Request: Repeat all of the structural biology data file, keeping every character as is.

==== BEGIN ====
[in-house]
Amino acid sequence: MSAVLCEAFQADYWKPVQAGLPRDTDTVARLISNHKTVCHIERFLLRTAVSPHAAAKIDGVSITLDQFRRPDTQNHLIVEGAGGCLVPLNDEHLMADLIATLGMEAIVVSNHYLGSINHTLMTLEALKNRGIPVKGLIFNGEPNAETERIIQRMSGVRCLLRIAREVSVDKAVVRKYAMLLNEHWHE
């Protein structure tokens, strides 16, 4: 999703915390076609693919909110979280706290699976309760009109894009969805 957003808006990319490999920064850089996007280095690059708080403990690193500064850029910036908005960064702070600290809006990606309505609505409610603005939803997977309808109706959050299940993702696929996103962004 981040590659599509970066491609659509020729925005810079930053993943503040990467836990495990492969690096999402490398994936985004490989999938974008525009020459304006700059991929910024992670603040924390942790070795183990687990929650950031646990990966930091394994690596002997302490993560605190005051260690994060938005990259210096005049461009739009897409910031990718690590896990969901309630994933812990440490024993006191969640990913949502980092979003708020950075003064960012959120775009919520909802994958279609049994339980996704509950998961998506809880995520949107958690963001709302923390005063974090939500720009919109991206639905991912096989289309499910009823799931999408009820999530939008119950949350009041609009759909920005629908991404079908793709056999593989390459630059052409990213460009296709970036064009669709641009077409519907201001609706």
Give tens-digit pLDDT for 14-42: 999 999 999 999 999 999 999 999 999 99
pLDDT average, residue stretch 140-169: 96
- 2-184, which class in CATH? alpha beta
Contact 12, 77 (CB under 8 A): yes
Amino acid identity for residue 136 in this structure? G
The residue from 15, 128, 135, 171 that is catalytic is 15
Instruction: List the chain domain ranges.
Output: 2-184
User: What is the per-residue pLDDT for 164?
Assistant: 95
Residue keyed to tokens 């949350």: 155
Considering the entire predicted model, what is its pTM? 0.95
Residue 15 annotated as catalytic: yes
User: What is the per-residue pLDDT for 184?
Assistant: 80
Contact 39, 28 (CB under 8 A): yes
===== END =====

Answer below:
[in-house]
Amino acid sequence: MSAVLCEAFQADYWKPVQAGLPRDTDTVARLISNHKTVCHIERFLLRTAVSPHAAAKIDGVSITLDQFRRPDTQNHLIVEGAGGCLVPLNDEHLMADLIATLGMEAIVVSNHYLGSINHTLMTLEALKNRGIPVKGLIFNGEPNAETERIIQRMSGVRCLLRIAREVSVDKAVVRKYAMLLNEHWHE
């Protein structure tokens, strides 16, 4: 999703915390076609693919909110979280706290699976309760009109894009969805 957003808006990319490999920064850089996007280095690059708080403990690193500064850029910036908005960064702070600290809006990606309505609505409610603005939803997977309808109706959050299940993702696929996103962004 981040590659599509970066491609659509020729925005810079930053993943503040990467836990495990492969690096999402490398994936985004490989999938974008525009020459304006700059991929910024992670603040924390942790070795183990687990929650950031646990990966930091394994690596002997302490993560605190005051260690994060938005990259210096005049461009739009897409910031990718690590896990969901309630994933812990440490024993006191969640990913949502980092979003708020950075003064960012959120775009919520909802994958279609049994339980996704509950998961998506809880995520949107958690963001709302923390005063974090939500720009919109991206639905991912096989289309499910009823799931999408009820999530939008119950949350009041609009759909920005629908991404079908793709056999593989390459630059052409990213460009296709970036064009669709641009077409519907201001609706």
Give tens-digit pLDDT for 14-42: 999 999 999 999 999 999 999 999 999 99
pLDDT average, residue stretch 140-169: 96
- 2-184, which class in CATH? alpha beta
Contact 12, 77 (CB under 8 A): yes
Amino acid identity for residue 136 in this structure? G
The residue from 15, 128, 135, 171 that is catalytic is 15
Instruction: List the chain domain ranges.
Output: 2-184
User: What is the per-residue pLDDT for 164?
Assistant: 95
Residue keyed to tokens 């949350």: 155
Considering the entire predicted model, what is its pTM? 0.95
Residue 15 annotated as catalytic: yes
User: What is the per-residue pLDDT for 184?
Assistant: 80
Contact 39, 28 (CB under 8 A): yes